The 7 best Jewish obituaries by New York Times writer Margalit Fox
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The 7 best Jewish obituaries by New York Times writer Margalit Fox

Margalit Fox wrote an obituary for, among others, the writer behind this iconic advertising campaign to sell Levy’s rye bread. (Levy’s Real Jewish Rye Bread)

NEW YORK (JTA) —  New York Times obituary writer Margalit Fox announced she was leaving her position after writing farewells to more than 1,400 notable, notorious or downright unusual people over a 14-year span. Fox intends to turn to book-writing full time.

Among the highlights of her time on the “dead beat” were obituaries of Jewish newsmakers, which like so many of her obits stand out for the vividness of her prose and the humor she sometimes brought to solemn moments. Here are some standouts.

Rabbi Sol Steinmetz

Steinmetz was a widely respected Jewish Hungarian-American expert in linguistics and lexicography who wrote about both English and Yiddish. The ordained rabbi was the executive editor of Random House’s dictionary division; journalists frequently called on him as an expert “on matters semantical, grammatical and etymological.” Steinmetz likely would have enjoyed his obituary by Fox with its definitions and derivations of words, dictionary-style.

Fox wrote: “Writing in The New York Times in 2006, William Safire, who knew from language mavens, called Mr. Steinmetz a ‘lexical supermaven,’ an accolade that in two scant words draws exuberantly on Greek, Latin, Yiddish and Hebrew. (‘Maven,’ Yiddish for cognoscente, derives from the Hebrew noun mevin, ‘one who knows.’)”

Debbie Friedman

The Jewish singer-songwriter helped create beautiful folky melodies for traditional prayers that invigorated American Jewish life across the denominational spectrum. Fox’s obituary highlighted these creations and also brought to light the fact that Friedman was a lesbian — a fact known to some that Friedman had preferred to keep private during her lifetime. The obituary’s mention of Friedman’s sexuality ignited a debate about whether she had been right to keep it a secret.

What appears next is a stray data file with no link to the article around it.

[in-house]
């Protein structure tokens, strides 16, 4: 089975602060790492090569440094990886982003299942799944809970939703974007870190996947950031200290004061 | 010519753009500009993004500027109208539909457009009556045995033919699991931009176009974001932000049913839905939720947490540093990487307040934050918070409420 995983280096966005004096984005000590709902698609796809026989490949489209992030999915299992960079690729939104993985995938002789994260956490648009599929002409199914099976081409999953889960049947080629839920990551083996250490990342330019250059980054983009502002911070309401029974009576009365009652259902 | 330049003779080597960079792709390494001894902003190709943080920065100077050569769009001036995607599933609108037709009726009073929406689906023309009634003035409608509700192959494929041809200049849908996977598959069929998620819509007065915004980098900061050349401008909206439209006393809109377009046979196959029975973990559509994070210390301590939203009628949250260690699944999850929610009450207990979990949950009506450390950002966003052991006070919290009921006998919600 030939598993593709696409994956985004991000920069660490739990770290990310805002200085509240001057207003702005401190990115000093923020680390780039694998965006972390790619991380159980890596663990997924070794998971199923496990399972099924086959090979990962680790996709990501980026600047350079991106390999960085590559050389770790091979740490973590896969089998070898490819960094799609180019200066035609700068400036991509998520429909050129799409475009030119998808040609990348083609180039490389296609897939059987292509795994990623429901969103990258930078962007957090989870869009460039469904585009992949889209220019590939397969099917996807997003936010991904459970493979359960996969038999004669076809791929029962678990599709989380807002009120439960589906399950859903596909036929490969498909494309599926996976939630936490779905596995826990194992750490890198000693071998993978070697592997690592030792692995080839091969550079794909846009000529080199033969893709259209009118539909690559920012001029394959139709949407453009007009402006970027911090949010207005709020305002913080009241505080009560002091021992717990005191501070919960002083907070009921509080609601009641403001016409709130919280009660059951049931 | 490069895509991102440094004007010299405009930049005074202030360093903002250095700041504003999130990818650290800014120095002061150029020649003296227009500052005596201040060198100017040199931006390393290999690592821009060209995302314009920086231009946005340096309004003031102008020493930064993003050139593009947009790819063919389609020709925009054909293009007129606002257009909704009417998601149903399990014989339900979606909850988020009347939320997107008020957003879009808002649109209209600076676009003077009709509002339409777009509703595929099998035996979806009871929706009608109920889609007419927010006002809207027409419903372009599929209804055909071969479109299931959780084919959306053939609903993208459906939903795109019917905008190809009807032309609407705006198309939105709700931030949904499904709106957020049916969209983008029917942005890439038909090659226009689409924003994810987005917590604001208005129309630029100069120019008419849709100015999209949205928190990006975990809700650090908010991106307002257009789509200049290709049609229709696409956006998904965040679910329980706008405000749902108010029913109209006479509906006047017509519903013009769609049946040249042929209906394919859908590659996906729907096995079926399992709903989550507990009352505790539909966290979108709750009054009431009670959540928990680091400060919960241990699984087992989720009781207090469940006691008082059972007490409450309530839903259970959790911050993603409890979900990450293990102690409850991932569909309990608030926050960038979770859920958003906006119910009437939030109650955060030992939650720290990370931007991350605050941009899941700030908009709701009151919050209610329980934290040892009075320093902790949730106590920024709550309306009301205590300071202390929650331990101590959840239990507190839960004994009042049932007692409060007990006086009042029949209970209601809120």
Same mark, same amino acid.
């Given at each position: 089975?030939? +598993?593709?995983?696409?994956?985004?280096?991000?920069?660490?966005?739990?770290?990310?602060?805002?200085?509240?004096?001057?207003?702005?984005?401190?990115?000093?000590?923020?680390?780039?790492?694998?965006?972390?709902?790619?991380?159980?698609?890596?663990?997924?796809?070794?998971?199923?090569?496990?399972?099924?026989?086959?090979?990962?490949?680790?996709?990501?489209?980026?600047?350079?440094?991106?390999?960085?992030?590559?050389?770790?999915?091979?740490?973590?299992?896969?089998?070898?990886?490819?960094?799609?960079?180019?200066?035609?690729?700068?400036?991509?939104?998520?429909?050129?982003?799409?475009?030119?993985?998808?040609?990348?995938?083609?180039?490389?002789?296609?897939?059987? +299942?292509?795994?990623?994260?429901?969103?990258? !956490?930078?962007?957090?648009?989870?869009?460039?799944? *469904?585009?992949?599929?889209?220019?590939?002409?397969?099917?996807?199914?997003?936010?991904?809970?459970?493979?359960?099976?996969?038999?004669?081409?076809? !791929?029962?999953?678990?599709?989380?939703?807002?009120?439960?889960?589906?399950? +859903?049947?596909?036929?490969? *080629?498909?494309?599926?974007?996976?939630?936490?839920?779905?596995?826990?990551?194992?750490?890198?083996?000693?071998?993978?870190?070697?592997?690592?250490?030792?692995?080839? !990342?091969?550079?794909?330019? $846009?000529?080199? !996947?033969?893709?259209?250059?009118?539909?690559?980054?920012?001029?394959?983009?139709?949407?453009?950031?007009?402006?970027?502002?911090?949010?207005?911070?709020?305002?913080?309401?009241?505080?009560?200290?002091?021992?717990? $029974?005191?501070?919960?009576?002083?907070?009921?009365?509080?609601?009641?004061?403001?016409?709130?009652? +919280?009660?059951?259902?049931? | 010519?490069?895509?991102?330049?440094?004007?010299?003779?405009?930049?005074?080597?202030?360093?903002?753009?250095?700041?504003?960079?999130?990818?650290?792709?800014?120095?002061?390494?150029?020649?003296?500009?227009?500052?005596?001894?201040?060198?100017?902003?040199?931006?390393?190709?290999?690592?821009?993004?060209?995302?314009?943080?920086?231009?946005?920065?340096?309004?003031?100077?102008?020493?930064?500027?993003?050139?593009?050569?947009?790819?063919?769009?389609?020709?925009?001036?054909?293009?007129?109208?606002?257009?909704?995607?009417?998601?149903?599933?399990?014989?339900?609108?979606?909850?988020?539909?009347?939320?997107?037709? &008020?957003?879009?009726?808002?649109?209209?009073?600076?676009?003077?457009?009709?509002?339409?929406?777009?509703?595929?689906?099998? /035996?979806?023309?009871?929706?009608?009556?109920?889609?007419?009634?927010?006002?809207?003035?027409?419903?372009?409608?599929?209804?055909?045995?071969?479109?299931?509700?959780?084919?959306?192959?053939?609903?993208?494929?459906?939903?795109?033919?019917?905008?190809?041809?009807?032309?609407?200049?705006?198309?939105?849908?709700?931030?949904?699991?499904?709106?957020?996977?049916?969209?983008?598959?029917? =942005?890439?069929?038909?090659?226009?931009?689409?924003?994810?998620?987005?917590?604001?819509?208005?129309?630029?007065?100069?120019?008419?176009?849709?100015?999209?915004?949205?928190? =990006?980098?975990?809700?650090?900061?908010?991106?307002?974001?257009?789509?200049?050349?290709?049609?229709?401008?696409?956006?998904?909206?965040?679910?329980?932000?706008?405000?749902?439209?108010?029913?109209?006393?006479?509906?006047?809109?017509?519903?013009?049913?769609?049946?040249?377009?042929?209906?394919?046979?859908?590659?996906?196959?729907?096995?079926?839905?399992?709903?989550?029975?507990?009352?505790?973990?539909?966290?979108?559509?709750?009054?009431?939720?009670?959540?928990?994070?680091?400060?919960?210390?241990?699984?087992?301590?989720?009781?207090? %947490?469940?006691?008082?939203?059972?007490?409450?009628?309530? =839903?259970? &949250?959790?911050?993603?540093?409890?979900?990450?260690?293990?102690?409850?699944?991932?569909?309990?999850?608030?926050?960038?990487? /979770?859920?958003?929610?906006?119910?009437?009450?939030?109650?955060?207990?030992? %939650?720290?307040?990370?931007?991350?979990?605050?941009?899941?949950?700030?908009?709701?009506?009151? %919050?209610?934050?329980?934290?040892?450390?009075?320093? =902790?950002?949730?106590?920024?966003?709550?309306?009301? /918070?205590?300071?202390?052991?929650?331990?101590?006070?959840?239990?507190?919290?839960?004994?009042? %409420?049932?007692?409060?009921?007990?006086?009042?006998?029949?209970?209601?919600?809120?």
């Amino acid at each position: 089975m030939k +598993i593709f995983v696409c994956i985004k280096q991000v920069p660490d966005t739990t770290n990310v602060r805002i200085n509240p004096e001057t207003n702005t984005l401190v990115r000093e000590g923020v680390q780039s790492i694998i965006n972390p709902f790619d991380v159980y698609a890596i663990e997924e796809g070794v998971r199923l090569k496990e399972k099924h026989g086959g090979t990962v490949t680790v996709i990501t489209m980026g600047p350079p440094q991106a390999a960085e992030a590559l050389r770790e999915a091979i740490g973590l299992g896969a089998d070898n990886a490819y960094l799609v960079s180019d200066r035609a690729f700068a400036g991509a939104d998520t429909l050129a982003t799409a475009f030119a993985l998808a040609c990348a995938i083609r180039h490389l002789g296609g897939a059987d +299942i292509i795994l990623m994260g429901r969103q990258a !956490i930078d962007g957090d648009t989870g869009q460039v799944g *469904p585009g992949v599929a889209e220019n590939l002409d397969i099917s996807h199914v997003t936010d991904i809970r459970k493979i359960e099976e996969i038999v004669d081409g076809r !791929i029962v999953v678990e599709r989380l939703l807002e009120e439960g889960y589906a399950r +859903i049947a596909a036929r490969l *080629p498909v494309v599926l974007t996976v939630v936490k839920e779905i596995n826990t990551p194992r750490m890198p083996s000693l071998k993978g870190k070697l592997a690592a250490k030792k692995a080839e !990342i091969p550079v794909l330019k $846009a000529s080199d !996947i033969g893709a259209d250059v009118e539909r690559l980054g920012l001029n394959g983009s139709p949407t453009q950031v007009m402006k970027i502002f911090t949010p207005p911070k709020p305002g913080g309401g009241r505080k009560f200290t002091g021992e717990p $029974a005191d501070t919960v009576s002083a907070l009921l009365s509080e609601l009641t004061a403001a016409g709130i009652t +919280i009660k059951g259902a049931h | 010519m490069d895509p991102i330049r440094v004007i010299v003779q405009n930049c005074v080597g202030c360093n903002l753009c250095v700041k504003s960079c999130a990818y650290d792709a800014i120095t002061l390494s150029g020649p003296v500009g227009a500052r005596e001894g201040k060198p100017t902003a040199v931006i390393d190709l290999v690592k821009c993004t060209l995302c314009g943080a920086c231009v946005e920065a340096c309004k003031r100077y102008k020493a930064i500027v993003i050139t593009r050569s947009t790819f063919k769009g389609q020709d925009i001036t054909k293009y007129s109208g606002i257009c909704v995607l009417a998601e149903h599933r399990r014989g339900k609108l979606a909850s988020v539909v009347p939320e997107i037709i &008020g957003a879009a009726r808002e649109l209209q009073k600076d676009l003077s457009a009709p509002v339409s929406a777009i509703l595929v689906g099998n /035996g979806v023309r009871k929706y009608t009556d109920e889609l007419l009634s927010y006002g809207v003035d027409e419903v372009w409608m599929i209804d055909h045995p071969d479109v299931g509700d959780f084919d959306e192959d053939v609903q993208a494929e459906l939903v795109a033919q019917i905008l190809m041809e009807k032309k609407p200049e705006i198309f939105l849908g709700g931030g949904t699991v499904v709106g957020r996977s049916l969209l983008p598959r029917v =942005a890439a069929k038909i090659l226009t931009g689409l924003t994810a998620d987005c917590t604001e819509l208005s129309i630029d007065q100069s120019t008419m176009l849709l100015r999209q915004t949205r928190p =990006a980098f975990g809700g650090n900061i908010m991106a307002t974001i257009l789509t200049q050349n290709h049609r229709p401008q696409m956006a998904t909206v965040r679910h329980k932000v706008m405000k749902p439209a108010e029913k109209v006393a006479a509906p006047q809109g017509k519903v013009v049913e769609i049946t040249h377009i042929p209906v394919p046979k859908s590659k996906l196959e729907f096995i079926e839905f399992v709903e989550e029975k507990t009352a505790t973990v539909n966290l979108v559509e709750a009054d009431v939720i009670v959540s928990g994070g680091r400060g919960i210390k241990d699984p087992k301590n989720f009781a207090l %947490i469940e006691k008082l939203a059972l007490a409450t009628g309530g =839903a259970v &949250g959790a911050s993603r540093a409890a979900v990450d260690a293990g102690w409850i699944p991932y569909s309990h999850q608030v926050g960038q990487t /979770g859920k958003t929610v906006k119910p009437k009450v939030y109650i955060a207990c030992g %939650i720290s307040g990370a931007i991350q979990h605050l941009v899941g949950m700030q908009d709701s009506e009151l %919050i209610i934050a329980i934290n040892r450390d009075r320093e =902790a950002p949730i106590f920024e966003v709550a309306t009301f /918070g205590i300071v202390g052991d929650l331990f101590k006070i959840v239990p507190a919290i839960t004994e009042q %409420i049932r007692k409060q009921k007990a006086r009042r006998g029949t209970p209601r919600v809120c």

“Many of her English lyrics concerned the empowerment of women and other disenfranchised groups, stemming, her associates said on Monday, from the quiet pride she took in her life as a gay woman.”

Moshe Landau

Landau was the presiding judge in the trial of Nazi war criminal Adolf Eichmann. During the 1961 trial, Eichmann sat in a bulletproof glass booth and ultimately was sentenced to death by hanging. Fox’s obituary highlights the fact that Landau himself was a refugee from Nazi Germany, his actions during the trial and his career afterward as president of Israel’s Supreme Court.

“On one occasion, as The New York Times reported, Justice Landau became impatient with the chief prosecutor, Gideon Hausner, after Mr. Hausner called witnesses who testified about horrors in Polish and Lithuanian ghettos. According to the parameters set by the indictment, these narratives were not strictly germane to the case. ‘I know it is difficult to cut short such testimony,’ Justice Landau told Mr. Hausner in open court. ‘But it is your duty, Sir, to brief the witness, to explain to him that all external elements must be removed that do not pertain to this trial.'”